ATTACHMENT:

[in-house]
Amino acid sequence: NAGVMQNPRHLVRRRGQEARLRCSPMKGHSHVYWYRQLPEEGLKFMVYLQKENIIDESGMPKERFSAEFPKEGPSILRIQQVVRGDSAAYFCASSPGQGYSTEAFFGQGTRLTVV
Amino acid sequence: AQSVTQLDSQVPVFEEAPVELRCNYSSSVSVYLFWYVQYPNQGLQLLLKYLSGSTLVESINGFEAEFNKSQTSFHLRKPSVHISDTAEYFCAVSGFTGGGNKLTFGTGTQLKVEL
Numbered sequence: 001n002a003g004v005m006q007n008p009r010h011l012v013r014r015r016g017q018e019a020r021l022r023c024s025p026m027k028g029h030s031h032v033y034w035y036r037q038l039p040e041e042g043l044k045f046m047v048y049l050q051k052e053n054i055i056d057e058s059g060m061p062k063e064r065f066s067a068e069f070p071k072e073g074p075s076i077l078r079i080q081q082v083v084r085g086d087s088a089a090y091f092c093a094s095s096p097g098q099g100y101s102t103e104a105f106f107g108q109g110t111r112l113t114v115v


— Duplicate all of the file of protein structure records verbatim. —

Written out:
[in-house]
Amino acid sequence: NAGVMQNPRHLVRRRGQEARLRCSPMKGHSHVYWYRQLPEEGLKFMVYLQKENIIDESGMPKERFSAEFPKEGPSILRIQQVVRGDSAAYFCASSPGQGYSTEAFFGQGTRLTVV
Amino acid sequence: AQSVTQLDSQVPVFEEAPVELRCNYSSSVSVYLFWYVQYPNQGLQLLLKYLSGSTLVESINGFEAEFNKSQTSFHLRKPSVHISDTAEYFCAVSGFTGGGNKLTFGTGTQLKVEL
Numbered sequence: 001n002a003g004v005m006q007n008p009r010h011l012v013r014r015r016g017q018e019a020r021l022r023c024s025p026m027k028g029h030s031h032v033y034w035y036r037q038l039p040e041e042g043l044k045f046m047v048y049l050q051k052e053n054i055i056d057e058s059g060m061p062k063e064r065f066s067a068e069f070p071k072e073g074p075s076i077l078r079i080q081q082v083v084r085g086d087s088a089a090y091f092c093a094s095s096p097g098q099g100y101s102t103e104a105f106f107g108q109g110t111r112l113t114v115v